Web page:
Thailand is bounded by Burma, to the west, the Indian Ocean, to the east and Malaysia and the Gulf of Thailand to the south. Kampuchea and Laos dominate the northern borders.
Although Thailand is relatively prosperous, by Asian standards, it is a predominantly an agricultural economy with the main crops including rice, sugar, maize, rubber, cotton and tobacco.
The climate is generally hot, particularly between mid-February and June. The monsoon season runs from May to October.
Facts and Figures
513,115 sq km (198,115 sq miles).
63,878,267 (2010 estimate).
Bangkok- population 9,100,000 (2010 estimate)
Thai is the official language. English is widely spoken, especially is establishments catering for tourists.
The vast majority adhere to Buddhism (Theravada form), 4 per cent and Muslim and there are Christian minorities.
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Thailand’s capital, Bangkok, is an exciting contrast of ancient and modern, culture and decadence. Dinner on one of the hotel patios, over looking the Chao Phraya River with its amazing variety of water-borne traffic is hard to beat. The Grand Palace, set among beautiful gardens houses in its main chapel the famous Emerald Buddha, made of jasper. Don’t miss a visit to Watt Po, the Temple of a 45 metre long Reclining Buddha. You can visit the house of Jim Thompson, a Thai silk entrepreneur who disappeared without trace in Malaysia, furnished with a superb art collection. Watt Traimit, now known as the ‘Temple of the Golden Buddha’ houses a solid-gold 5 ton Buddha. The Floating Thonburi Market is still regarded as one of the most unique and colourful markets in the world.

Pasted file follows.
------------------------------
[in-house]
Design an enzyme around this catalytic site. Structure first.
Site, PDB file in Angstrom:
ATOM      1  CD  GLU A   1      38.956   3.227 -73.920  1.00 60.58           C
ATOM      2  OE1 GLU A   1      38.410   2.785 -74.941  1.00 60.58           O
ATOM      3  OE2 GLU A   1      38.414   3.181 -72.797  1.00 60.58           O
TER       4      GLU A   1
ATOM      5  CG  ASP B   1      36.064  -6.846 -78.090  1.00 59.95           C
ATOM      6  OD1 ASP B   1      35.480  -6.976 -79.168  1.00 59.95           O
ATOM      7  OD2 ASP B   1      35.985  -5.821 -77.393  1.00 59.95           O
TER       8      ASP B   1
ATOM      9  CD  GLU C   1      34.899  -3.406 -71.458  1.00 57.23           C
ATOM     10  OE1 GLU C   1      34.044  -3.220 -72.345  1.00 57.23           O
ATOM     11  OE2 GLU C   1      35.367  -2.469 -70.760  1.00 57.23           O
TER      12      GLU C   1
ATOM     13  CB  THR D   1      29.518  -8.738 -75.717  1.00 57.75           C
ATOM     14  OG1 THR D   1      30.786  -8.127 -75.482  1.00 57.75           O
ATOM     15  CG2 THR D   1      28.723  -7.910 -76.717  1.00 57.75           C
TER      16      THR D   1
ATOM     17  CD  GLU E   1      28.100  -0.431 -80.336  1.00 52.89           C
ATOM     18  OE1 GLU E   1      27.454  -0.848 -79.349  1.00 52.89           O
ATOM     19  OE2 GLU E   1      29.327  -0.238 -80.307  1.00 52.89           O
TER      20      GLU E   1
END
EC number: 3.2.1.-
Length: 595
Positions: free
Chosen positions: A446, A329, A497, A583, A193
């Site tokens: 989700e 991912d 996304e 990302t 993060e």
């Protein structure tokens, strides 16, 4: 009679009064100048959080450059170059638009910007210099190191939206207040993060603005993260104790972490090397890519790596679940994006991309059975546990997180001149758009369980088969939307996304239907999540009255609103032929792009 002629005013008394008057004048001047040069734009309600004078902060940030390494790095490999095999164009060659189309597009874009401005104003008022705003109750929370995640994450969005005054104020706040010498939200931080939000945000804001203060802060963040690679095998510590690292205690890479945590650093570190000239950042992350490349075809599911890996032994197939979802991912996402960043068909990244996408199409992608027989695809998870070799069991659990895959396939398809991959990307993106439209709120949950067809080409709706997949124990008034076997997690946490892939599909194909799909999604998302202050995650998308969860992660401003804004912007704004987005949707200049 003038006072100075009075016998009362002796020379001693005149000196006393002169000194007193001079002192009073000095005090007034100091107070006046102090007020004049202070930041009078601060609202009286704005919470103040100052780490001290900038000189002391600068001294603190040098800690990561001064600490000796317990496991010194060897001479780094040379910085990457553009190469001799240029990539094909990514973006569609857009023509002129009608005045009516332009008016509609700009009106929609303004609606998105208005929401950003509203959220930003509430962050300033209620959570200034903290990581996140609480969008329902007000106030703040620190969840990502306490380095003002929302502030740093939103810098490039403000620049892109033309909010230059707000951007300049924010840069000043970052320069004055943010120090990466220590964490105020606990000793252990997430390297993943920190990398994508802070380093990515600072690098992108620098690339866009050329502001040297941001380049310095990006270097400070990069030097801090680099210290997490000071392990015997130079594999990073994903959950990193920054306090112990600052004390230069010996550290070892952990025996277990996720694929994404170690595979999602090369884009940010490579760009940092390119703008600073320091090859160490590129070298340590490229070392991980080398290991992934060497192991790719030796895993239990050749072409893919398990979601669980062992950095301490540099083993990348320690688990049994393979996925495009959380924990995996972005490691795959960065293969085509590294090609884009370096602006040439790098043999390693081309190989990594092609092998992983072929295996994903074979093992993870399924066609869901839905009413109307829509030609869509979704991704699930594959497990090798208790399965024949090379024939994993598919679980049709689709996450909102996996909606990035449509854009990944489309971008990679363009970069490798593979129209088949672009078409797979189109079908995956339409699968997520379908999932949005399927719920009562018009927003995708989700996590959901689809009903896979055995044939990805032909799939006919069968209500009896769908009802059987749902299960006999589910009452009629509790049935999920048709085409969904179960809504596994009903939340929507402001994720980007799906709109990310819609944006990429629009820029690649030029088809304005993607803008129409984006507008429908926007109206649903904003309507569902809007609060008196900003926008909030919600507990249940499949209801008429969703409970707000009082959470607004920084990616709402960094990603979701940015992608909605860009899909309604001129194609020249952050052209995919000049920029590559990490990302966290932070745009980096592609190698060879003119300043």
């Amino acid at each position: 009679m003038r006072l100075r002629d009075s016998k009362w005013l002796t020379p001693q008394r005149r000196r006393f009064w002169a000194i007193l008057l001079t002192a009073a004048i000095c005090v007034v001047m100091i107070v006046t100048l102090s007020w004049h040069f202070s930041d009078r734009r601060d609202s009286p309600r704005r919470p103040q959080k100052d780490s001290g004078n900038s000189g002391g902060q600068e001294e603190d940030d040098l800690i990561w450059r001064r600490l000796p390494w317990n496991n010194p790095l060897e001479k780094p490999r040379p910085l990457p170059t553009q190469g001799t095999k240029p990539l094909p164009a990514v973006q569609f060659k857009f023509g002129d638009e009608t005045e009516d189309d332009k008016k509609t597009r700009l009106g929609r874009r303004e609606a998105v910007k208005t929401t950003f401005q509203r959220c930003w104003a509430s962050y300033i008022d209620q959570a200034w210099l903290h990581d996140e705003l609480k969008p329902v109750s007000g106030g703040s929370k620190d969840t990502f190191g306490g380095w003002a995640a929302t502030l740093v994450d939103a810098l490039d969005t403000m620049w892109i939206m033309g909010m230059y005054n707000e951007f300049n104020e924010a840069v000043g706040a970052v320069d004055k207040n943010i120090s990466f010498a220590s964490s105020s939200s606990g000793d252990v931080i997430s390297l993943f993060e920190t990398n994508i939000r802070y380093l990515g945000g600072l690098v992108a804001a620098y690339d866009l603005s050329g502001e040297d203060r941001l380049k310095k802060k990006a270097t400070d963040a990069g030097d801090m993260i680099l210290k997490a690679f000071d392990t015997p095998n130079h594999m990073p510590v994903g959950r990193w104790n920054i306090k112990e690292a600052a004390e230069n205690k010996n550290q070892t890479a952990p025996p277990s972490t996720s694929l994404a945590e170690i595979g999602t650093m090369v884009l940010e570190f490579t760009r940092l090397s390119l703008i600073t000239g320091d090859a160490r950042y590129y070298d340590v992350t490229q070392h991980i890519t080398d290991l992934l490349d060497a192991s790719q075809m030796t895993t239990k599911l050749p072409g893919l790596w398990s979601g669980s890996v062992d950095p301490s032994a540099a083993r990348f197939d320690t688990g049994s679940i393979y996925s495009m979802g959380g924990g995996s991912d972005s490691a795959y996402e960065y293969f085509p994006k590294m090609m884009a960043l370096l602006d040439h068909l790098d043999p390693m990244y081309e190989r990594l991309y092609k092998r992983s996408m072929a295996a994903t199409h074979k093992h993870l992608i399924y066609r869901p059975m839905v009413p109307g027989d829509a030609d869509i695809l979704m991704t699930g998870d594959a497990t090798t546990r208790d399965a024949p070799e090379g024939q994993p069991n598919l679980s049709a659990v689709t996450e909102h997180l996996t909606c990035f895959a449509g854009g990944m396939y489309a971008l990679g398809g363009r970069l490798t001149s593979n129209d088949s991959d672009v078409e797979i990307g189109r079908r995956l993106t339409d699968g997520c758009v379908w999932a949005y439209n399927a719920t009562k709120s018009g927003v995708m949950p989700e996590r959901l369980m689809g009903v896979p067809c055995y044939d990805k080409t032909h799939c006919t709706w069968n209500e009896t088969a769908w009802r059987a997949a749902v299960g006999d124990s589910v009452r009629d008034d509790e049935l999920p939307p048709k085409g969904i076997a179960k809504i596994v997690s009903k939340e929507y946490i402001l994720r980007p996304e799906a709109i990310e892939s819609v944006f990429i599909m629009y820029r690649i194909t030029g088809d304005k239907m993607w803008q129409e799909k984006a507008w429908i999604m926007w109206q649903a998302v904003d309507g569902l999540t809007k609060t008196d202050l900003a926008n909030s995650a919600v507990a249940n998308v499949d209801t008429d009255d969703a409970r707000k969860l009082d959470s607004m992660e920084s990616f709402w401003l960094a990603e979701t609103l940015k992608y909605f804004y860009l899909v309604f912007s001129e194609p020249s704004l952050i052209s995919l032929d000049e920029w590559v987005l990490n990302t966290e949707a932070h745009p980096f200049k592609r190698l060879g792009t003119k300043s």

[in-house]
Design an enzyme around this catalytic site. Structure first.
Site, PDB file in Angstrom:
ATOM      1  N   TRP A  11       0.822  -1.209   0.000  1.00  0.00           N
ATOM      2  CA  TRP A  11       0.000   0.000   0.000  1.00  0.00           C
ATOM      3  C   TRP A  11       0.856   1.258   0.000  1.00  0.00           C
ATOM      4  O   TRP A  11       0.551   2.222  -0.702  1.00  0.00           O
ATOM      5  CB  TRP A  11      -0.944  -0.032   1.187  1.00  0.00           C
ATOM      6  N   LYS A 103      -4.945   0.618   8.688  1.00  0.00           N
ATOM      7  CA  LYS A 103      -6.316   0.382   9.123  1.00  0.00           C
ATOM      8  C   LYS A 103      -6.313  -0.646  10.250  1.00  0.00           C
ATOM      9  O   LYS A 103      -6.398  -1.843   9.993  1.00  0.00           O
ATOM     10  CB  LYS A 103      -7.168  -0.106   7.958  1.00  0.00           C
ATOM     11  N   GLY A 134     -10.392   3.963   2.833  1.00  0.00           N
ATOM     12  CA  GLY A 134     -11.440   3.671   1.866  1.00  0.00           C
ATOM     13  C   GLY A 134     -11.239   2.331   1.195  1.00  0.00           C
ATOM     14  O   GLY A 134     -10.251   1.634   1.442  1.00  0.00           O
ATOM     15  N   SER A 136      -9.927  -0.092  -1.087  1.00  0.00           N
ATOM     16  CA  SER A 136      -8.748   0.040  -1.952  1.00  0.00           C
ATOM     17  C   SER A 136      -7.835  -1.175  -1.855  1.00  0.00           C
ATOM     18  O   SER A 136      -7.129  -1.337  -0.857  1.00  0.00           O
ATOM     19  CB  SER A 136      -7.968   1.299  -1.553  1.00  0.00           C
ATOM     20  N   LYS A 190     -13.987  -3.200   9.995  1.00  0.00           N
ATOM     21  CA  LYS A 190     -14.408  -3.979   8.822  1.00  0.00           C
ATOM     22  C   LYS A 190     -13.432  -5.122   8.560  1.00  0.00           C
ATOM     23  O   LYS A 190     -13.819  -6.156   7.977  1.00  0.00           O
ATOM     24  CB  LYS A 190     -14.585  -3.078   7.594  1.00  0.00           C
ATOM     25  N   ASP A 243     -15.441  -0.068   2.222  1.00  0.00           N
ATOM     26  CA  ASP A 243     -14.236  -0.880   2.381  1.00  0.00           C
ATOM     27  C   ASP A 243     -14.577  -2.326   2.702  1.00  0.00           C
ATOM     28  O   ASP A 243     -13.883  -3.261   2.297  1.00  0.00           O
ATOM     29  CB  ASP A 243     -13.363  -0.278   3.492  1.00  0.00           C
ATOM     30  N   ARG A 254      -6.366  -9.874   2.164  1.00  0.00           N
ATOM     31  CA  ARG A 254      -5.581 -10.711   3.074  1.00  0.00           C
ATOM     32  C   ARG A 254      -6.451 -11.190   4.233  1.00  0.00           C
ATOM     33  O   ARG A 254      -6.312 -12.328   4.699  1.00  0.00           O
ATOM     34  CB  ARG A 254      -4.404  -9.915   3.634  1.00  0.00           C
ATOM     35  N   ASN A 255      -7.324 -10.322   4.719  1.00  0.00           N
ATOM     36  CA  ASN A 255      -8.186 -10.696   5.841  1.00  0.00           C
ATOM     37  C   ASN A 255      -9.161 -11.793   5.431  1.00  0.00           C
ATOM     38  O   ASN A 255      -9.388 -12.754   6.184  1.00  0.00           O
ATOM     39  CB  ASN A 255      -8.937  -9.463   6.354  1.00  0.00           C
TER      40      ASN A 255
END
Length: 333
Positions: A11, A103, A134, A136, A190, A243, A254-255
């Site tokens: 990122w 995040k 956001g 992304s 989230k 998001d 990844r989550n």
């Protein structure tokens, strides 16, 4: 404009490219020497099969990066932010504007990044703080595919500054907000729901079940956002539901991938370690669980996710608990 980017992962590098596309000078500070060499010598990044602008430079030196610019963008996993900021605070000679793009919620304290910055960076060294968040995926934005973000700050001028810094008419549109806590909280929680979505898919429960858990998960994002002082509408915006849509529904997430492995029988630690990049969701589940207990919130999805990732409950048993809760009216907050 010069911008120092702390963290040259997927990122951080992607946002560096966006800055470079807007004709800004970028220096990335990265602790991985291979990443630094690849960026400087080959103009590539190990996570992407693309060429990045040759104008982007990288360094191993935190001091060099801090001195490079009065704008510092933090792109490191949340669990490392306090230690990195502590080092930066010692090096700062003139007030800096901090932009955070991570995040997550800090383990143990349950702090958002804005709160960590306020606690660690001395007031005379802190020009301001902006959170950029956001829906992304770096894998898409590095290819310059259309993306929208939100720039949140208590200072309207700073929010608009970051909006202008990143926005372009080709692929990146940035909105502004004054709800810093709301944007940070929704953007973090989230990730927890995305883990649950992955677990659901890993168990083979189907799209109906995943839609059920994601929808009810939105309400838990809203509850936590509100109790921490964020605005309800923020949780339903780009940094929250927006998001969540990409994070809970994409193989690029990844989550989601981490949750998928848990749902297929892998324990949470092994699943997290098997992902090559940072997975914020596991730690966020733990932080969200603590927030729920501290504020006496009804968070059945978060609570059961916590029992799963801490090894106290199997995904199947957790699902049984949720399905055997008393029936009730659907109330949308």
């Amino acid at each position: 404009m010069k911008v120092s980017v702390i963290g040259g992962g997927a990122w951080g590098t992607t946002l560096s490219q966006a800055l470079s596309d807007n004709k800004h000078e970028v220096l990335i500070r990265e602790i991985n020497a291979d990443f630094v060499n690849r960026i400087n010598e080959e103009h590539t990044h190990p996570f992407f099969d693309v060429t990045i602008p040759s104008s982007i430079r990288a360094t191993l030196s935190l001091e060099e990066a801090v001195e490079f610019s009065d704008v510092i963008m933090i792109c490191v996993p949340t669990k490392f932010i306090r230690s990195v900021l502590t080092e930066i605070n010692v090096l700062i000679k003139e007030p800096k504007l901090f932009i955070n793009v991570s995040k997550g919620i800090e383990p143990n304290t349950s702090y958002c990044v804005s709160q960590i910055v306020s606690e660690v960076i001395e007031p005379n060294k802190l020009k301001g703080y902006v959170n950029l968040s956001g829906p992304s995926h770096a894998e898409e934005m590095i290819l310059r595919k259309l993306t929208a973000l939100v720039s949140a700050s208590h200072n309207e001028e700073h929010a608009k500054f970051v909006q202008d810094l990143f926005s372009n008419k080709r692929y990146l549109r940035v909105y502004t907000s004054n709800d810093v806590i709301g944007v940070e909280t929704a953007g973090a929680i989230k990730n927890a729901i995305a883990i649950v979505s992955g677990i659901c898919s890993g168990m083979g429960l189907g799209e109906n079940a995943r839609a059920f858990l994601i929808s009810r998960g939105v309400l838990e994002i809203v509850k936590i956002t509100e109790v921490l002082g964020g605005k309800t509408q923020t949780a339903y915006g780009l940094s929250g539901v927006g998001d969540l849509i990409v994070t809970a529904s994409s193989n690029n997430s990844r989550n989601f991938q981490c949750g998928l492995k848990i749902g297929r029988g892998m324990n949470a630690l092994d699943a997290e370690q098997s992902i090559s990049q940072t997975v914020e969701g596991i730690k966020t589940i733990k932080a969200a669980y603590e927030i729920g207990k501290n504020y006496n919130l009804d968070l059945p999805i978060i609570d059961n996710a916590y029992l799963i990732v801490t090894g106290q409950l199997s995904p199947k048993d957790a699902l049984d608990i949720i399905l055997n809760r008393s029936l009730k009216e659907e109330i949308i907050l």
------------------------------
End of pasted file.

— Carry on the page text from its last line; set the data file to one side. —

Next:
Outside of Bangkok, Chiang Mai is a must-see, the gateway to the northern hill region, and the beaches of Phuket, Krabi and Ko Samui are also not to be missed. Thai boxing is very much a part of everyday life in Thailand – catch a match if you have time, and make sure you take a cookery class to find out how best to use all the wonderful fresh Thai flavours.
Known as the ‘Land of Smiles’, Thailand lives up to its reputation with the welcome it gives visitors. Thailand’s culture stretches back more than 700 years to when it was known as Siam. Modern day Thailand offers stunning beaches, lush countryside, friendly people and a colourful culture intermingled with fascinating historical sites and the comforts of some of Asia’s finest hotels. Imposing mountains, idyllic sandy beaches and a mystical culture will remain prevalent in one’s memory of Thailand for many years to come.
The Thai people (the majority of whom are Buddhist) come from a long history of courtesy which makes this one of the world’s friendliest places to visit. The infamous Bangkok nightlife, with its clubs, massage parlours and open-air restaurants, is a world away from mountain treks in the north and the white beaches of the islands. It is also a shopper’s haven for those who want to buy Thai silks, cottons, lacquer ware, bamboo artefacts and silver.
The Kingdom of Thailand, known as Siam until 1939, was ruled by theKhmers, based in neighbouring Kampuchea during the 11th and 12th centuries. In 1238 two Thai princes rebelled against Khmer domination and established the first independent Thai kingdom.
Thailand is the only Southeast Asian nation not to have been colonised.
In 1932 a peaceful coup converted the country into a constitutional monarchy and in 1939 the name was changed from Siam to Thailand.
During WWII, Thailand and Japan signed an alliance which led to many thousands of Asian labourers and allied POWs to work on the Thailand-Burma Death railway.
Since the end of World War II the army has controlled the government for all but a few brief periods of civilian rule.
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